Little things stuck out during my most recent Christmastime viewing. Like the random assemblage of characters piled into a car to go get pizzas, a reminder to me of how driving to places around the holidays with the people you don’t usually drive to places with feels a bit more special. Or Amy and Sybil pestering Everett about taking his tie off, which at once told us that was something Amy and Sybil cared enough about and that Everett was the kind of person to wear a tie at a family get-together.

Everyone starts out on a certain trajectory, but writer/director Thomas Bezucha does a great job of steering the key characters into unexpected directions. These trajectories are just as varied as the film’s tone. Sybil’s terminal breast cancer is alluded to but never exploited, and is the impetus for the brief but powerful moments of reconciliation she experiences with her adult children before the end of the movie. Amy’s prickliness, which bleeds into outright hostility at times, gives way to brief moments of vulnerability. And though the partner swap revealed in the one-year-later epilogue is borderline preposterous—Meredith’s totally cool with her sister dating her former fiancé? really?—the circumstances that led to each character’s moment of clarity were sold well.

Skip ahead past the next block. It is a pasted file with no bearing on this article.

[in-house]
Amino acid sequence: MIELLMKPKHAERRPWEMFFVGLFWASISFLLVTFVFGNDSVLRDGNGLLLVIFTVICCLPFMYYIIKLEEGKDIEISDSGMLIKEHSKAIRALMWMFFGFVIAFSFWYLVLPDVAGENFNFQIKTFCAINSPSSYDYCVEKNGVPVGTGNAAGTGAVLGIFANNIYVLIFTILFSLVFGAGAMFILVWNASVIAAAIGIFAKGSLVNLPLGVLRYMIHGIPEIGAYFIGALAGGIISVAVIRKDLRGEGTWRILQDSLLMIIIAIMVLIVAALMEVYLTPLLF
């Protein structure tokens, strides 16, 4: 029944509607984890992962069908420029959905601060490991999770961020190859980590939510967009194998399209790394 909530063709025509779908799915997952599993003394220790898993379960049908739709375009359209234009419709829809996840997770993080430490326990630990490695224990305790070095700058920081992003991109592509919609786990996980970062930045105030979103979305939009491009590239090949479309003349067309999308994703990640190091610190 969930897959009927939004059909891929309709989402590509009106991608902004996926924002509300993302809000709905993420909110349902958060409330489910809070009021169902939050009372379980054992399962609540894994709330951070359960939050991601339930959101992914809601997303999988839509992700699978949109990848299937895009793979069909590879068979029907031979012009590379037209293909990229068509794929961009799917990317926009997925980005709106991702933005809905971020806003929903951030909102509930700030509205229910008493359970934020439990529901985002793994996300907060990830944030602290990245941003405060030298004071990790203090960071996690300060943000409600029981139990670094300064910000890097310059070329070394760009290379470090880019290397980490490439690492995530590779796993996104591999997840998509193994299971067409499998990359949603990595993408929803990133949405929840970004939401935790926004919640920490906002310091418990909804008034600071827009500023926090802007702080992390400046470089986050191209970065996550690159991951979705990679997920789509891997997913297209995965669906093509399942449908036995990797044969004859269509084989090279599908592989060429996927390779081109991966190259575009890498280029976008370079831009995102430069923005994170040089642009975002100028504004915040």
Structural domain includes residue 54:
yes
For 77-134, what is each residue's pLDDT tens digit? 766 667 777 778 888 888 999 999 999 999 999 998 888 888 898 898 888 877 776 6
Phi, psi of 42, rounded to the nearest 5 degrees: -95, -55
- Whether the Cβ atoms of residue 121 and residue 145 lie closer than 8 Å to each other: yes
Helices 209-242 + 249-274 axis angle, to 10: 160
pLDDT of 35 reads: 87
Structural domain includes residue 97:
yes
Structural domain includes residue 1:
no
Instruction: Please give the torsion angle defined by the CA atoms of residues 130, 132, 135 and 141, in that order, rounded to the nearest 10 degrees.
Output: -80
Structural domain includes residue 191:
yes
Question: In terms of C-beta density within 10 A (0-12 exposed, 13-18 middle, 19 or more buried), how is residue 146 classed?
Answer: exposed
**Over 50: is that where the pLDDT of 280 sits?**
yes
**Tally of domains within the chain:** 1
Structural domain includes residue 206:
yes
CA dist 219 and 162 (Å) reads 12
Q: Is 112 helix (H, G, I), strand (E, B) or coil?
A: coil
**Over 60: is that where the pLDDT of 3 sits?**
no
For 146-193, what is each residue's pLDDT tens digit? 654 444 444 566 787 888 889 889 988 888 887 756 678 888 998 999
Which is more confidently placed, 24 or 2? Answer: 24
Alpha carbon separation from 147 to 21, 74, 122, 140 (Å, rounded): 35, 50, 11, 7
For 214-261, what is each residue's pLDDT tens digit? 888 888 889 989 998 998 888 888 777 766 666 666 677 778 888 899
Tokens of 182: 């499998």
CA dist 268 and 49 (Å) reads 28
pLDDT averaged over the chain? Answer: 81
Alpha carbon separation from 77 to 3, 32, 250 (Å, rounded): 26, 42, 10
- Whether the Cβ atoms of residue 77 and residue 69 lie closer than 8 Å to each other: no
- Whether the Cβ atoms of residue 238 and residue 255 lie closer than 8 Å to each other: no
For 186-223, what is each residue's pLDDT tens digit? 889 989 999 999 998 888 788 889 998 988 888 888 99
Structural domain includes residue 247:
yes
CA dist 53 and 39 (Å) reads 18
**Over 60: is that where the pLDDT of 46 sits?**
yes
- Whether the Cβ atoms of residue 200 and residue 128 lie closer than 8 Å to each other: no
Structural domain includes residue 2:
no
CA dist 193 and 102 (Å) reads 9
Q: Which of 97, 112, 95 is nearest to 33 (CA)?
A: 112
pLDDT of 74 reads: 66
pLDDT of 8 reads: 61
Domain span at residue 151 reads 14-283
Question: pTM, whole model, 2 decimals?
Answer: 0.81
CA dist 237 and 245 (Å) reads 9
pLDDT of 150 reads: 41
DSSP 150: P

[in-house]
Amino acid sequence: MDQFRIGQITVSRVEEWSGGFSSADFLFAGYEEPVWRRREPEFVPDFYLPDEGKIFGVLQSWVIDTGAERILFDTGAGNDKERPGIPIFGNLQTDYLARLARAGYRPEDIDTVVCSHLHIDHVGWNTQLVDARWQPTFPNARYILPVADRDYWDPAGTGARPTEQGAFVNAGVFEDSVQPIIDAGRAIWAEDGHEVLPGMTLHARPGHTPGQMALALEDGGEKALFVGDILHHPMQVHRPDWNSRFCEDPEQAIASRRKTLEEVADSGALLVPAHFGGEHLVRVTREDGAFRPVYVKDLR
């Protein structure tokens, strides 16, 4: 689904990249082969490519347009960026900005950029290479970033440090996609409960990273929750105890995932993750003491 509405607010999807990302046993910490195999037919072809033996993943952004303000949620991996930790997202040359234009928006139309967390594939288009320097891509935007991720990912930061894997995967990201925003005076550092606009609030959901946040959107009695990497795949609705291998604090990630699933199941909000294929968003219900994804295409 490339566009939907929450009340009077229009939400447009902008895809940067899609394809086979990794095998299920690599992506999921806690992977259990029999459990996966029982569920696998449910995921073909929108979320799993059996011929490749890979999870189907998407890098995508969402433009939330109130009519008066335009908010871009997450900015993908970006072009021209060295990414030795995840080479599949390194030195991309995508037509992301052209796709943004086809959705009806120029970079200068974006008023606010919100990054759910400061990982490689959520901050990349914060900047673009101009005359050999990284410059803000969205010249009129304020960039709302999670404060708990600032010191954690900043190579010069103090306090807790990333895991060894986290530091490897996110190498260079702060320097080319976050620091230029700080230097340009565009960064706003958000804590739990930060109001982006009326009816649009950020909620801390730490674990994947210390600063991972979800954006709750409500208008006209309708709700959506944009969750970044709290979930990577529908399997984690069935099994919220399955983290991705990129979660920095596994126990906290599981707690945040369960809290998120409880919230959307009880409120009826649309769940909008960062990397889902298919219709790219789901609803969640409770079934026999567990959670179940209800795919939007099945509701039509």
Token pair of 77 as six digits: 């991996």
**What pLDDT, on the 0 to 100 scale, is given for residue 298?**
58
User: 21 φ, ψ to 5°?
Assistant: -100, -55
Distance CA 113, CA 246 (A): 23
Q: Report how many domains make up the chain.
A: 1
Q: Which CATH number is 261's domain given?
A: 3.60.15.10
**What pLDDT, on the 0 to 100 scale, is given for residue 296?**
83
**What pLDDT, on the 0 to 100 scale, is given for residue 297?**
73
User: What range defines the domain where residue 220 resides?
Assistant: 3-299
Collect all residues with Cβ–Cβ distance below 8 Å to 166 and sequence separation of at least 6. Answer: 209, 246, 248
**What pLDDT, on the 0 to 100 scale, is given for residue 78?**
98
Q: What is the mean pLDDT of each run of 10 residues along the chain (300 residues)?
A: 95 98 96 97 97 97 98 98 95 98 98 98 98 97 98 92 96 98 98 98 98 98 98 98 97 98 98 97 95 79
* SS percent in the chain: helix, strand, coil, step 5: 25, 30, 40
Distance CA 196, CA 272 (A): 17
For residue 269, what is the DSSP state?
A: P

I’ve found my opinion of The Family Stone is in the minority, but there are others out there who see what I see in it. I absolutely understand the counterpoints as well, but ultimately I don’t care whether you like it or not!

Helen Huhta: A Life

“Take care and keep in touch.” My grandma Helen would close every letter she sent to me with that phrase. They were also the final words I said to her on Sunday, before she died yesterday at the age of 92.

After slowly declining for years, she took a turn for the worse this weekend. Jenny and I had already made plans to visit Madison for other reasons, but suddenly there was only one. Hospice was called, other family flew in. She was breathing but unresponsive, opening her eyes only rarely and smiling at whoever was there—that’s Helen for you—but then quickly fading again. We kept watch over her and made sure she was comfortable as we reminisced and discussed what to do with all of her things when the time came. She had moved thrice since leaving Texas after her husband of 63 years died, each time winnowing more and more things.

It was in her first Madison apartment where I began recording my conversations with her. These interviews, which I transcribed along with interviews of her family and friends, became a family oral history of her life. I compiled it into a book and gave her a printed copy for Christmas 2013. She never stopped thanking me for it. She also kept telling people that I wrote it, but I couldn’t get her to realize that I didn’t write it at all. It was her life—and such a life—as told by the people she loved and who loved her.